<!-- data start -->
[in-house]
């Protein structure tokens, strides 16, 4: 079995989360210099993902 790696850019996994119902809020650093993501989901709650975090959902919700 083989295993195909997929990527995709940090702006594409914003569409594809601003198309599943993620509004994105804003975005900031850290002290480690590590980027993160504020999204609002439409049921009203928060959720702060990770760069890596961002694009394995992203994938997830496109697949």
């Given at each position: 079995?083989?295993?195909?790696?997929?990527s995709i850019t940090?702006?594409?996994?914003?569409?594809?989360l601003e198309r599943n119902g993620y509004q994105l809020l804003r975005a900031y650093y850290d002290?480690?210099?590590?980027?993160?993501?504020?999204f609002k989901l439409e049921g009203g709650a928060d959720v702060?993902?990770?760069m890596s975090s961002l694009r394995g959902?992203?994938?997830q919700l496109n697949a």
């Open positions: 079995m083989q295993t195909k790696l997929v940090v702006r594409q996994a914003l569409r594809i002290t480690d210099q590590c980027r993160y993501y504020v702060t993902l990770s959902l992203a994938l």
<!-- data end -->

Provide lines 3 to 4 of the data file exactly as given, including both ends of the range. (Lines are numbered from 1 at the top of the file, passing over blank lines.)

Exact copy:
């Given at each position: 079995?083989?295993?195909?790696?997929?990527s995709i850019t940090?702006?594409?996994?914003?569409?594809?989360l601003e198309r599943n119902g993620y509004q994105l809020l804003r975005a900031y650093y850290d002290?480690?210099?590590?980027?993160?993501?504020?999204f609002k989901l439409e049921g009203g709650a928060d959720v702060?993902?990770?760069m890596s975090s961002l694009r394995g959902?992203?994938?997830q919700l496109n697949a």
């Open positions: 079995m083989q295993t195909k790696l997929v940090v702006r594409q996994a914003l569409r594809i002290t480690d210099q590590c980027r993160y993501y504020v702060t993902l990770s959902l992203a994938l």